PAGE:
As a boy, Martin Luther King Jr. suffered those cumulative experiences in discrimination that demoralize and outrage human dignity. He still recalls the curtains that were used on the dining cars of trains to separate white from black. “I was very young when I had my first experience in sitting behind the curtain,” he says. “I felt just as if a curtain had come down across my whole life. The insult of it I will never forget.” On another occasion, he and his schoolteacher were riding a bus from Macon to Atlanta when the driver ordered them to give up their seats to white passengers. “When we didn’t move right away, the driver started cursing us out and calling us black sons of bitches. I decided not to move at all, but my teacher pointed out that we must obey the law. So we got up and stood in the aisle the whole 90 miles to Atlanta. It was a night I’ll never forget. I don’t think I have ever been so deeply angry in my life.”

Ideals & Technique. Raised in the warmth of a tightly knit family, King developed from his earliest years a raw-nerved sensitivity that bordered on self-destruction. Twice, before he was 13, he tried to commit suicide. Once his brother, “A. D.,” accidentally knocked his grandmother unconscious when he slid down a banister. Martin thought she was dead, and in despair ran to a second-floor window and jumped out—only to land unhurt. He did the same thing, with the same result, on the day his grandmother died.

A bright student, he skipped through high school and at 15 entered Atlanta’s Negro Morehouse College. His father wanted him to study for the ministry. King himself thought he wanted medicine or the law. “I had doubts that religion was intellectually respectable. I revolted against the emotionalism of Negro religion, the shouting and the stamping. I didn’t understand it and it embarrassed me.” At Morehouse, King searched for “some intellectual basis for a social philosophy.” He read and reread Thoreau’s essay, Civil Disobedience, concluded that the ministry was the only framework in which he could properly position his growing ideas on social protest.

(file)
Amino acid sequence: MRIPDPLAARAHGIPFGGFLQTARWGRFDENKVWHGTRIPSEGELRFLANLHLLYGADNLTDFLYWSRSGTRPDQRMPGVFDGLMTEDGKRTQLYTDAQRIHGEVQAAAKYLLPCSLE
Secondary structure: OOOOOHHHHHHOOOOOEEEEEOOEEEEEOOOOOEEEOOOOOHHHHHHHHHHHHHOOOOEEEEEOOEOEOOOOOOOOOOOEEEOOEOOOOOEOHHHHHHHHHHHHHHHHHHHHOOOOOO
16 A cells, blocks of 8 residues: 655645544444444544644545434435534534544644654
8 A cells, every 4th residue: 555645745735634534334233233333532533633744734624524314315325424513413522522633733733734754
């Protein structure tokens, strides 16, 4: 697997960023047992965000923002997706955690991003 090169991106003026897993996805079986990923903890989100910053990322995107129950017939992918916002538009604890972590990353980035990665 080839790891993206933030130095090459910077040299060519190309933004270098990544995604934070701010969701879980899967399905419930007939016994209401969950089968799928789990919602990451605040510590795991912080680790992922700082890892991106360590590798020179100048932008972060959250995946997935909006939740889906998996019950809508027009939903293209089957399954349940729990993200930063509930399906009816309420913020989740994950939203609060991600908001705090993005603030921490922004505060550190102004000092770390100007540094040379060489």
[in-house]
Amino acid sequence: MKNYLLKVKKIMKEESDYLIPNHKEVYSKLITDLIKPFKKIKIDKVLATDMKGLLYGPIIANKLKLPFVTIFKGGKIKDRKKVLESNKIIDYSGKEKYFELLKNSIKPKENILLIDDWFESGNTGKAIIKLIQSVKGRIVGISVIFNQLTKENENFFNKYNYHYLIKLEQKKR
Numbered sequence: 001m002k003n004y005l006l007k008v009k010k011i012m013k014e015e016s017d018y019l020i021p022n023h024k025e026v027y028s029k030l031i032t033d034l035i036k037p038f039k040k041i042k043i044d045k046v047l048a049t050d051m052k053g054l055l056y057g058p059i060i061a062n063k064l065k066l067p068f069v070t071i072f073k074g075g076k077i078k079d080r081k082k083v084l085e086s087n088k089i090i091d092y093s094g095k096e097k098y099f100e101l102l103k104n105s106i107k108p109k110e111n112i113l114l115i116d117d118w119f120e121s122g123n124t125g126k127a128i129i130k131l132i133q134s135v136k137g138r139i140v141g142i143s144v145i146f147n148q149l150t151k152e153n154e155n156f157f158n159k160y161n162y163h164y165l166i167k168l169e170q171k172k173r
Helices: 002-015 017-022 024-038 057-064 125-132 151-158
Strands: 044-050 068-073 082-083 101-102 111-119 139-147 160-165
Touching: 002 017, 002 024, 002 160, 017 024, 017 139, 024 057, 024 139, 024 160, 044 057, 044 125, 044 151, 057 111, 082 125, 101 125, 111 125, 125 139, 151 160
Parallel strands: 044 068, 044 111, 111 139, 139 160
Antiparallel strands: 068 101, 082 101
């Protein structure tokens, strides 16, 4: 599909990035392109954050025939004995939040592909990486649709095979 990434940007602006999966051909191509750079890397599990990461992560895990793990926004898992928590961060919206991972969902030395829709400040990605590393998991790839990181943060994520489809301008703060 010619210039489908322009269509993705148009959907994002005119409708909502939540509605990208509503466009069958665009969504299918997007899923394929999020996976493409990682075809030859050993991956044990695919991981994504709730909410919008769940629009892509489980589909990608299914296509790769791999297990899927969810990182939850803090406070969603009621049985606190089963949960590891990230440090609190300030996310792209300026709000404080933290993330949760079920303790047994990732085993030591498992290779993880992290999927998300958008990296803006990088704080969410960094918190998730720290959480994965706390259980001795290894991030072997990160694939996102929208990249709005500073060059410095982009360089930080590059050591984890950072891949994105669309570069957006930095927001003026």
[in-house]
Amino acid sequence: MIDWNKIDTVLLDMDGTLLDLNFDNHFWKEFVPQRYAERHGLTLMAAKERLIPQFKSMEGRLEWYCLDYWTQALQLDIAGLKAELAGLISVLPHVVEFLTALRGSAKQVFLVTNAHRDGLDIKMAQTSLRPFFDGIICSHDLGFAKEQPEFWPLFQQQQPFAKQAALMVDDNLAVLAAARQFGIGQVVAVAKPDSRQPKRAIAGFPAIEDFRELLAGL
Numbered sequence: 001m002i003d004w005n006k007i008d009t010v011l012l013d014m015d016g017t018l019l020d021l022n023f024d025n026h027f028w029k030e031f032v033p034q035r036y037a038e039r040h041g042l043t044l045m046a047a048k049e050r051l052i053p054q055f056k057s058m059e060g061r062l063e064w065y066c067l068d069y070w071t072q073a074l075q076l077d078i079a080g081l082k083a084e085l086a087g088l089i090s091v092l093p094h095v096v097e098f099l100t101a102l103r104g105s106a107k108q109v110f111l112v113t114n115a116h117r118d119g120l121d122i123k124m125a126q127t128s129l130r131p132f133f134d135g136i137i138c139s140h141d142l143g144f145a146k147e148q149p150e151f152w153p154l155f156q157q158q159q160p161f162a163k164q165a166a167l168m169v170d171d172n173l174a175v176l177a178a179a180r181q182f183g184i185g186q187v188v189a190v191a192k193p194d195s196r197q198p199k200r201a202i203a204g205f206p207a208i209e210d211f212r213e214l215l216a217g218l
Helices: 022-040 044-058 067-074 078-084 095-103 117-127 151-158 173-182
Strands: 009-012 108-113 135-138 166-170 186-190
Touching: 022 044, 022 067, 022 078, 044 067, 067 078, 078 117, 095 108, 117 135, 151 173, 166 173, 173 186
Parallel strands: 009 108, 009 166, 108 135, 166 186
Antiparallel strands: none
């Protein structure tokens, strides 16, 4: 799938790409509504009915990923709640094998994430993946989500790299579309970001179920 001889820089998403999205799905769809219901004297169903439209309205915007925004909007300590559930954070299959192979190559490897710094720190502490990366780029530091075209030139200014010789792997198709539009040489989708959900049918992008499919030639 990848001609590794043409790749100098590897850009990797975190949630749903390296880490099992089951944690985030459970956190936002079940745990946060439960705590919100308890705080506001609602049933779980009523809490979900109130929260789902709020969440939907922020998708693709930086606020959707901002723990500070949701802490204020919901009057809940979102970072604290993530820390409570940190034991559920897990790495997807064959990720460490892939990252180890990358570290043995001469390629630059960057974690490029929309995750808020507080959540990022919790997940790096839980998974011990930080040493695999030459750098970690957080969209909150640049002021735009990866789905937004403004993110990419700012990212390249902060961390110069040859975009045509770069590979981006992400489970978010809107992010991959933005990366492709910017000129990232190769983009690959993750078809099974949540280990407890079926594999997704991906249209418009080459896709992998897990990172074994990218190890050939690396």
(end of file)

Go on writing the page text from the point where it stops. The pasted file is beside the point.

At Crozer Theological Seminary in Chester, Pa., King built the underpinnings of his philosophy. Hegel and Kant impressed him, but a lecture on Gandhi transported him, sent him foraging insatiably into Gandhi’s books. “From my background,” he says, “I gained my regulating Christian ideals. From Gandhi I learned my operational technique.”

Montgomery. The first big test of King’s philosophy—or of his operating technique—came in 1955, after he had married a talented young soprano named Coretta Scott and accepted the pastorate of the Dexter Avenue Baptist Church in Montgomery, Ala.

On Dec. 1 of that year, a seamstress named Rosa Parks boarded a Montgomery bus and took a seat. As the bus continued along its route, picking up more passengers, the Negroes aboard rose on the driver’s orders to give their seats to white people. When the driver told Mrs. Parks to get up, she refused. “I don’t really know why I wouldn’t move,” she said later. “There was no plot or plan at all. I was just tired from shopping. My feet hurt.” She was arrested and fined $10.

For some reason, that small incident triggered the frustrations of Montgomery’s Negroes, who for years had bent subserviently beneath the prejudices of the white community. Within hours, the Negroes were embarked upon a bus boycott that was more than 99% effective, almost ruined Montgomery’s bus line. The boycott committee soon became the Montgomery Improvement Association, with Martin Luther King Jr. as president. His leadership was more inspirational than administrative; he is, as an observer says, “more at home with a conception than he is with the details of its application.” King’s home was bombed, and when his enraged people seemed ready to take to the streets in a riot of protest, he controlled them with his calm preaching of nonviolence. King became world-famous (TIME cover, Feb. 18, 1957), and in less than a year the Supreme Court upheld an earlier order forbidding Jim Crow seating in Alabama buses.*